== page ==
Designing Society Through the Natural World: 4 Questions with Janine Benyus at the Aspen Ideas Festival

Photo by Amber Flowers on Unsplash

1. How do you explain biomimicry to people who have never heard of it before?

For designers, architects, engineers, and innovators of all stripes, the answer to the question, “What would nature do here?” is a revelation. There’s not one new idea, but millions of ideas evolved in context, tested over eons, and proven to be safe for this generation and the next. Imagine discovering a catalog of sustainable ideas that are the product of 3.8 billion years of R&D — strategies from organisms that manufacture without “heat, beat, and treat” and ecosystems that circulate and upcycle materials, creating opportunities rather than waste.

“Imagine discovering a catalog of sustainable ideas that are the product of 3.8 billion years of R&D.”

Biomimicry invites innovators to learn from and not just about nature. The underlying ethos is very simple — it’s the leap from a conquering mindset to one that encourages respect and gratitude for our fellow species. We’re not the first organisms to harvest the sun’s energy, perform chemistry, circumnavigate the globe, or engineer structures. Making that mental switch from seeing nature as a warehouse of goods, to seeing nature as mentor, model, and measure is what biomimicry is all about.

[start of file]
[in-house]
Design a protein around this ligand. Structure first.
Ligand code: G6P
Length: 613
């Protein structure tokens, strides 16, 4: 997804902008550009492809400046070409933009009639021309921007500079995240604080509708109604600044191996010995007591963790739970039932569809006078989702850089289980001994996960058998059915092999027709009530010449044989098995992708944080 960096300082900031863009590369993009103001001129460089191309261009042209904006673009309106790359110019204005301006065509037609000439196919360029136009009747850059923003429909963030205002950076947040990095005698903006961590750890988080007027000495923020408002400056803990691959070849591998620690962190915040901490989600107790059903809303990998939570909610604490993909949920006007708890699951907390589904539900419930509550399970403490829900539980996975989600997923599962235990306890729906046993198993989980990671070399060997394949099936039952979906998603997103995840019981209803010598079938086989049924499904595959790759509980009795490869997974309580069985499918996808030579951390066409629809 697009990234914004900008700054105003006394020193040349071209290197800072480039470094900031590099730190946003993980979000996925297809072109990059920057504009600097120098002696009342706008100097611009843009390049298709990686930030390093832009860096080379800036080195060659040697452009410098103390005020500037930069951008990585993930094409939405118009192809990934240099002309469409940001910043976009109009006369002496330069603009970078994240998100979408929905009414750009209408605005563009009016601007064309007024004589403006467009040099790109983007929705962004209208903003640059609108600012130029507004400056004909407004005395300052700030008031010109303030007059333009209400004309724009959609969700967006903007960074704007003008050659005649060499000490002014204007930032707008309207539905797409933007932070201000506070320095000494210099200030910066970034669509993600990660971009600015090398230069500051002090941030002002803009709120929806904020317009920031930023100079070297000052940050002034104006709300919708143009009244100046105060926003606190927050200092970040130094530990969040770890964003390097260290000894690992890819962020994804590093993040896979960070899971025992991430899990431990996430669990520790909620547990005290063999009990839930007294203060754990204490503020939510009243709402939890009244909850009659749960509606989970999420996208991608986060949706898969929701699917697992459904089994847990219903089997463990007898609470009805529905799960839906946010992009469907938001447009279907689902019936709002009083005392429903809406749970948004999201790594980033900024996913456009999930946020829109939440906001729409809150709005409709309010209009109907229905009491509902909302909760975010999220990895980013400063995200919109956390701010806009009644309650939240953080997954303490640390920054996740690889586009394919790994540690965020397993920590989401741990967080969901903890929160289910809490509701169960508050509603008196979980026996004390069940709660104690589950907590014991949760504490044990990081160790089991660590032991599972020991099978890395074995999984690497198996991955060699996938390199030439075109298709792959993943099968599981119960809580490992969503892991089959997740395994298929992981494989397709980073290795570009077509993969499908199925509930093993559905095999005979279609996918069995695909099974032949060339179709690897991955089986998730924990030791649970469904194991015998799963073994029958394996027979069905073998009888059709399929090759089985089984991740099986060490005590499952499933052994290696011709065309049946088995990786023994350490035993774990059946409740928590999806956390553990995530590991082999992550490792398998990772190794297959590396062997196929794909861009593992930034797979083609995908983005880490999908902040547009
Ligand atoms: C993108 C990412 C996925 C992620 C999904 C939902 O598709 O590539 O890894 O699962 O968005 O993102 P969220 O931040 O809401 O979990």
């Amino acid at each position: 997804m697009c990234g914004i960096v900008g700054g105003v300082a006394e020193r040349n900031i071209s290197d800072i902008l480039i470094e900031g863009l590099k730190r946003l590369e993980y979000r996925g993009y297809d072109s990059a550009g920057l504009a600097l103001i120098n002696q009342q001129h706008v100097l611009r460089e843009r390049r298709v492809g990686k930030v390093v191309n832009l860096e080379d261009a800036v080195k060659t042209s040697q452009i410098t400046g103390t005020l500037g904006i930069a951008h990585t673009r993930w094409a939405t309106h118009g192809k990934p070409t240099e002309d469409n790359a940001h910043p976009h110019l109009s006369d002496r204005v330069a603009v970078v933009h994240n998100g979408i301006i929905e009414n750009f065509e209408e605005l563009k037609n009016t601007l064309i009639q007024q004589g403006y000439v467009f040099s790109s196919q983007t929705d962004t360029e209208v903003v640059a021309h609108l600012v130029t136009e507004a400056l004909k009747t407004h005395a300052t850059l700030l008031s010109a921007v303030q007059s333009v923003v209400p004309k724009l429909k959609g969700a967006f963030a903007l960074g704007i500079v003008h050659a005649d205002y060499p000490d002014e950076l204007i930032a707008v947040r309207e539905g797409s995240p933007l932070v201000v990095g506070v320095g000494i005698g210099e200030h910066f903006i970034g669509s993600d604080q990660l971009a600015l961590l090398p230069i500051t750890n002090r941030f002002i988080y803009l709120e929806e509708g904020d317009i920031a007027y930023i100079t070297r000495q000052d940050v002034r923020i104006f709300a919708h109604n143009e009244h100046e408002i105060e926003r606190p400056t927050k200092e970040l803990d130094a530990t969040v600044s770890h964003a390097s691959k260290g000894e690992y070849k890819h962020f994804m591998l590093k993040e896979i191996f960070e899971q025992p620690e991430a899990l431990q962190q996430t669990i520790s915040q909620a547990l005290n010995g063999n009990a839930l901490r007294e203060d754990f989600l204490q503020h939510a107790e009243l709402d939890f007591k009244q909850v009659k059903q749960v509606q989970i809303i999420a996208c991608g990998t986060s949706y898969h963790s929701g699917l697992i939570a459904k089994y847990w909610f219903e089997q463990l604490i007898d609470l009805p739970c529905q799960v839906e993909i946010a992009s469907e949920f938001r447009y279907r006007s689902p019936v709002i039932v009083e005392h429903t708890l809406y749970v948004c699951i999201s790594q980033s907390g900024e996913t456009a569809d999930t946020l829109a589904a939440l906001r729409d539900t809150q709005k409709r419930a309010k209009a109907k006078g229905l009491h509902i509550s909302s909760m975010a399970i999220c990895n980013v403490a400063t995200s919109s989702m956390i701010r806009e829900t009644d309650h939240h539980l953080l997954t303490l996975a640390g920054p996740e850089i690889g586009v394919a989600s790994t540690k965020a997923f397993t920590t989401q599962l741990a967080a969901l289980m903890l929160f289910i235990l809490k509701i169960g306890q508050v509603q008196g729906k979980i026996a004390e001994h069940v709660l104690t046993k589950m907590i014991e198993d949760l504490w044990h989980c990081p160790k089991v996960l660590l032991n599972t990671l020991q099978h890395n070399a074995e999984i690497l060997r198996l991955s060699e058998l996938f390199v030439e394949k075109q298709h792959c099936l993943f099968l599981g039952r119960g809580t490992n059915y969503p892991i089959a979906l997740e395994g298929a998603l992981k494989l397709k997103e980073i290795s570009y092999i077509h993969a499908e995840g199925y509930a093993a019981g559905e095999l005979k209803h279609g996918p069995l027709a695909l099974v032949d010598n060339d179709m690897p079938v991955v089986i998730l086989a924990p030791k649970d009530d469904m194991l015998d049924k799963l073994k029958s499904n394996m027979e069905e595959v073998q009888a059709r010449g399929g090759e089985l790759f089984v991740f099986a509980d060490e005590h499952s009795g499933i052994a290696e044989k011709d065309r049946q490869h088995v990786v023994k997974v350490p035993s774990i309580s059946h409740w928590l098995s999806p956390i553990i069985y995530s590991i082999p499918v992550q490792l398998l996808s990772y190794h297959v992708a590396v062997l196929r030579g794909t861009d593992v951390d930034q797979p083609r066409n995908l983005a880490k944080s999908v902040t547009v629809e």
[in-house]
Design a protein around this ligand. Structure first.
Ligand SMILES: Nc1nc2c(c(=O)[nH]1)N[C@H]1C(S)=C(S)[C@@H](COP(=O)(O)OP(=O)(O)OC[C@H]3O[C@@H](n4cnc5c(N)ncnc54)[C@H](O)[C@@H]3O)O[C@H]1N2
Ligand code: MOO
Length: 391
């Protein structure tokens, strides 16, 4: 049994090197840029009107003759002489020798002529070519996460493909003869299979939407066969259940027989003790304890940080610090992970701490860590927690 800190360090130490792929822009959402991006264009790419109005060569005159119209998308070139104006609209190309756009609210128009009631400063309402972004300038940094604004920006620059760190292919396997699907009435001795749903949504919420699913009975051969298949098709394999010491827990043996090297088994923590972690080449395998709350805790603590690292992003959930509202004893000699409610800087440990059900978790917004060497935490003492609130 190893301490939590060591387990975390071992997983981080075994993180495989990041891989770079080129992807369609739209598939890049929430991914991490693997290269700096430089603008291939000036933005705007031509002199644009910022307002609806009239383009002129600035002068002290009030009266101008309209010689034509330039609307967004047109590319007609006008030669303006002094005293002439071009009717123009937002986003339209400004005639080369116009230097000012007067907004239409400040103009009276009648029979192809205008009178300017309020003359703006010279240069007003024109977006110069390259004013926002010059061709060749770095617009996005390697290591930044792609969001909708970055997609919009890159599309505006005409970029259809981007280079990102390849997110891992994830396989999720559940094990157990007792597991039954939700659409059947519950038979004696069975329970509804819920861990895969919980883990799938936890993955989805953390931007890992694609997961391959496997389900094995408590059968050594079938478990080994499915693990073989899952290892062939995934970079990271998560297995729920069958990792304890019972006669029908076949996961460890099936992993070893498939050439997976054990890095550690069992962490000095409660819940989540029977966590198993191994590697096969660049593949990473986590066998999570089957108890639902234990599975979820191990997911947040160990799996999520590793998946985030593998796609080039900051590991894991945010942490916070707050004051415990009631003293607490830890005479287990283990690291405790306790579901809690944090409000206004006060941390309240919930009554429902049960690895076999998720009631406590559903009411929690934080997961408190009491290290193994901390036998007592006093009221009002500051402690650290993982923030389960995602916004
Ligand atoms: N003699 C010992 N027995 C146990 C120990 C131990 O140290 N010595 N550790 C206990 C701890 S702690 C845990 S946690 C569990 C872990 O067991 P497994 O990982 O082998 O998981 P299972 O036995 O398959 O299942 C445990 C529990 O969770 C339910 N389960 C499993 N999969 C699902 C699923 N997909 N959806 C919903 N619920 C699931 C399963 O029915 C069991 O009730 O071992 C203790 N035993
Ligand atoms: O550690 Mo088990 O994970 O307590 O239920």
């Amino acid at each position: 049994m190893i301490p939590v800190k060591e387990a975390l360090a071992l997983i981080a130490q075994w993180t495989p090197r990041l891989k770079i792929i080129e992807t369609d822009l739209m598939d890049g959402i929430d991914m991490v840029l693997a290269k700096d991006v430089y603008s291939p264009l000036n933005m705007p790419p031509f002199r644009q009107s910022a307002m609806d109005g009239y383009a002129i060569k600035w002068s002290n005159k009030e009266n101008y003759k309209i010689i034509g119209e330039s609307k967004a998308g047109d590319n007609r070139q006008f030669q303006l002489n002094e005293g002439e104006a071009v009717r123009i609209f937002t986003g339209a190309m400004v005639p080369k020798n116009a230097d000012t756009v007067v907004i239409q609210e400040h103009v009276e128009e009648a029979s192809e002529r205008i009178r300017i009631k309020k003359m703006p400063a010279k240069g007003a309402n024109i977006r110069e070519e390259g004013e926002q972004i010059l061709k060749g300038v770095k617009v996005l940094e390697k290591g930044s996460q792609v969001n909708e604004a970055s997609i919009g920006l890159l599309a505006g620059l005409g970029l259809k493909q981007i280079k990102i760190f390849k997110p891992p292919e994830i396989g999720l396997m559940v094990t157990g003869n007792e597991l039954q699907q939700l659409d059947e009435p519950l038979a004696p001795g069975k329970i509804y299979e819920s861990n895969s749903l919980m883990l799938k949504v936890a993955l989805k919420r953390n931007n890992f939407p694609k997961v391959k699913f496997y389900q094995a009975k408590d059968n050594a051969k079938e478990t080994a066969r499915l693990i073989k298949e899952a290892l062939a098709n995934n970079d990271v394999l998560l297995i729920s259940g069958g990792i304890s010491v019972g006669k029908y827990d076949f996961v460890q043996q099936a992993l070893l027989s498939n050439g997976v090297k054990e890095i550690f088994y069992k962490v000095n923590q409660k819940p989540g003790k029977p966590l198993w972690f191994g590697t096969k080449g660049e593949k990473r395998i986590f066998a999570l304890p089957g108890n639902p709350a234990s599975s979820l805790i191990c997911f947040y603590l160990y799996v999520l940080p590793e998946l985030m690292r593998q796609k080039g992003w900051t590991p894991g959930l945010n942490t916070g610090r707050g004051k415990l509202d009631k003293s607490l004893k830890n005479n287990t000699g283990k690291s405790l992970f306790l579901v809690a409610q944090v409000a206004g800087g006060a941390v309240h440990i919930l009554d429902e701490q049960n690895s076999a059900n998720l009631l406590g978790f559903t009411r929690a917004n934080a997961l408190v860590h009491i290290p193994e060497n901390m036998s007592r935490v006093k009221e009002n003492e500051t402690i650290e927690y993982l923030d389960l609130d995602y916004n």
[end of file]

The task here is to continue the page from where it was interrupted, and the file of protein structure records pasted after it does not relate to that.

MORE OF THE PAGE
Over the last 20 years, our teams at Biomimicry 3.8 (for-profit consultancy) and the Biomimicry Institute (non-profit) have been giving people the tools and training they need to become biomimics. Thousands are now using the Biomimicry Design Spiral and AskNature to apply biomimicry at three different levels — form, process, and system. An example of form would be studying the frayed edges of owl wings that grant them a smooth, silent flight, and then mimicking this form in an airplane wing or wind turbine. Mimicking a process would be trying to emulate how an owl creates that wing through non-toxic chemistry at room temperature, self-assembled from life-friendly materials. At the systems level, the owl feather is gracefully nested — it’s part of an owl that is part of a forest, which is part of a biome, which is part of a sustaining biosphere. In the same way, our owl-inspired product must be part of a larger economy that works to restore rather than deplete the Earth’s systems.